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Big Ideas, Small Stages


The Chocolate Factory   

The Home Away From Home: The theater scene has largely been confined to two boroughs, but this Long Island City space put Queens into play. In just the past year, major players like Mac Wellman, National Theater of the United States, and Target Margin have hopped on the 7 train to take advantage of its outer-borough elbow room: 5,000 square feet. Who wouldn’t want to work there? Wellman enthused in a recent interview. It looks like a big piece of rock! 5-49 49th Ave., Long Island City; 718-482-7069.

The Grandmama: Ellen Stewart, one of the hippest, most plugged-in theater impresarios in town, gave everyone from Sam Shepard to André De Shields his or her start at this East Village fixture, where Stateside audiences once got their first glimpses of Jerzy Grotowski and Harold Pinter. With so much traffic (more than 2,000 productions and counting), quality can be variable, but that’s the surest sign of true experimentalism. 74A E. 4th St.; 212-475-7710.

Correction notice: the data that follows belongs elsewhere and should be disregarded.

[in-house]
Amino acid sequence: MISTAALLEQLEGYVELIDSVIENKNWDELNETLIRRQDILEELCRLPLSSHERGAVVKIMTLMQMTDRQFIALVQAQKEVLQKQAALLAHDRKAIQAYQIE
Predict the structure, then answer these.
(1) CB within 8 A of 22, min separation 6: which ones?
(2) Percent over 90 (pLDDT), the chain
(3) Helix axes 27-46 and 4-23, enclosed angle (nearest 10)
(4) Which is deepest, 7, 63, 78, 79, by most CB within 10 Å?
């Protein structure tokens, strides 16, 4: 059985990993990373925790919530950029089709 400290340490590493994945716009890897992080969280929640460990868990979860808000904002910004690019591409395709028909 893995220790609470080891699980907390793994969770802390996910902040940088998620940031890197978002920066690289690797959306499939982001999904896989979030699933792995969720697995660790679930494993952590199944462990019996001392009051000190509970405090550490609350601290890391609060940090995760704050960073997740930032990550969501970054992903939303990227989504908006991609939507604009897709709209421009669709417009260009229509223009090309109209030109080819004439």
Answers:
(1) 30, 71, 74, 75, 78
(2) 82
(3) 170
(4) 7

The Street-smart Scenesters: Yes, it’s a little disorganized, and the productions always seem to come together at the last possible second. But what gained fame as a gritty, virtuosic launchpad for author Stephen Adly Guirgis and director Philip Seymour Hoffman has expanded into a blitzkrieg of see-and-be-seen readings and Celebrity Charades benefits. Long after the buzz has faded, Guirgis’s Our Lady of 121st Street and Jesus Hopped the A’ Train will still be studied, staged, and savored. 212-513-1080;


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